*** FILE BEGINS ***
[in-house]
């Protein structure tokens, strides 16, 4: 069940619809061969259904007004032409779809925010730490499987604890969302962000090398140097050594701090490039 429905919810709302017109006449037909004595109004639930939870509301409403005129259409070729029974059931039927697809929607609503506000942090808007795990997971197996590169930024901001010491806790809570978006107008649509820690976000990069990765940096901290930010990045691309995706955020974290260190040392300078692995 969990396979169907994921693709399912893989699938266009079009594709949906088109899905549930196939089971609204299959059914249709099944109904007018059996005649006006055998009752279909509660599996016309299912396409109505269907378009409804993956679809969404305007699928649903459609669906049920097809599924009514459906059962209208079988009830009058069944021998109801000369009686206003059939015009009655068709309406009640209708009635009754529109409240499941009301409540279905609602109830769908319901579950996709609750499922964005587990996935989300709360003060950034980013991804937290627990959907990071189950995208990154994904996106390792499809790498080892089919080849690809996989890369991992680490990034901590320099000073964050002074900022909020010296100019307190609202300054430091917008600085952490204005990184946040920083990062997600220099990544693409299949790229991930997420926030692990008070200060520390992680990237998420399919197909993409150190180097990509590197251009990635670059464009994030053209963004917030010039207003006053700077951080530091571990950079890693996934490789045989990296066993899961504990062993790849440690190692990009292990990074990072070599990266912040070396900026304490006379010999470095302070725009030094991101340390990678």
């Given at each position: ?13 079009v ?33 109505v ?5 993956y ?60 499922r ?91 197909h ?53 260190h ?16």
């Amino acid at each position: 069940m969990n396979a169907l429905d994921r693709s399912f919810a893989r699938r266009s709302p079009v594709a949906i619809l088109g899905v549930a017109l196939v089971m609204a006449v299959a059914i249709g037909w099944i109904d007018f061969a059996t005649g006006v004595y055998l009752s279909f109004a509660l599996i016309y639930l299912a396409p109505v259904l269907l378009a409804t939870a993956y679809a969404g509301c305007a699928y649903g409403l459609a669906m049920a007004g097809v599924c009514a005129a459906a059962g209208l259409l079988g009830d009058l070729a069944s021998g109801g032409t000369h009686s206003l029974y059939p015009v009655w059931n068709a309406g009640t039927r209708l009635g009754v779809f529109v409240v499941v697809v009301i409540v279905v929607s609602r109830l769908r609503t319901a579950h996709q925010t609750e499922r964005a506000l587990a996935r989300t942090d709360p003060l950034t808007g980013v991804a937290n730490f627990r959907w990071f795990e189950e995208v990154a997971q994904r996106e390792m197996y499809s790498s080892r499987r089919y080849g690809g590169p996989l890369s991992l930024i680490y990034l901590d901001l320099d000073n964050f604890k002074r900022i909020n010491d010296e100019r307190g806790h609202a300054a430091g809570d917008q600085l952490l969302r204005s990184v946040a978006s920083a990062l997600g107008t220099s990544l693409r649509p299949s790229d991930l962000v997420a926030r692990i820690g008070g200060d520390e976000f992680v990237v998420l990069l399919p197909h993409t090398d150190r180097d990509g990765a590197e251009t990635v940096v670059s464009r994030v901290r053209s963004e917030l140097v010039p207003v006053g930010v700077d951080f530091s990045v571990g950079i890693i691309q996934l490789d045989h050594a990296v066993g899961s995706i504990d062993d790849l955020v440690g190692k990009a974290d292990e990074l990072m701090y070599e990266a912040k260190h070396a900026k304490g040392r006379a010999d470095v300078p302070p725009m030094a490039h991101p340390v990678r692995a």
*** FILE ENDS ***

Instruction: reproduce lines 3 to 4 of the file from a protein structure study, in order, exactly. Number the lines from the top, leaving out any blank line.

């Given at each position: ?13 079009v ?33 109505v ?5 993956y ?60 499922r ?91 197909h ?53 260190h ?16």
């Amino acid at each position: 069940m969990n396979a169907l429905d994921r693709s399912f919810a893989r699938r266009s709302p079009v594709a949906i619809l088109g899905v549930a017109l196939v089971m609204a006449v299959a059914i249709g037909w099944i109904d007018f061969a059996t005649g006006v004595y055998l009752s279909f109004a509660l599996i016309y639930l299912a396409p109505v259904l269907l378009a409804t939870a993956y679809a969404g509301c305007a699928y649903g409403l459609a669906m049920a007004g097809v599924c009514a005129a459906a059962g209208l259409l079988g009830d009058l070729a069944s021998g109801g032409t000369h009686s206003l029974y059939p015009v009655w059931n068709a309406g009640t039927r209708l009635g009754v779809f529109v409240v499941v697809v009301i409540v279905v929607s609602r109830l769908r609503t319901a579950h996709q925010t609750e499922r964005a506000l587990a996935r989300t942090d709360p003060l950034t808007g980013v991804a937290n730490f627990r959907w990071f795990e189950e995208v990154a997971q994904r996106e390792m197996y499809s790498s080892r499987r089919y080849g690809g590169p996989l890369s991992l930024i680490y990034l901590d901001l320099d000073n964050f604890k002074r900022i909020n010491d010296e100019r307190g806790h609202a300054a430091g809570d917008q600085l952490l969302r204005s990184v946040a978006s920083a990062l997600g107008t220099s990544l693409r649509p299949s790229d991930l962000v997420a926030r692990i820690g008070g200060d520390e976000f992680v990237v998420l990069l399919p197909h993409t090398d150190r180097d990509g990765a590197e251009t990635v940096v670059s464009r994030v901290r053209s963004e917030l140097v010039p207003v006053g930010v700077d951080f530091s990045v571990g950079i890693i691309q996934l490789d045989h050594a990296v066993g899961s995706i504990d062993d790849l955020v440690g190692k990009a974290d292990e990074l990072m701090y070599e990266a912040k260190h070396a900026k304490g040392r006379a010999d470095v300078p302070p725009m030094a490039h991101p340390v990678r692995a």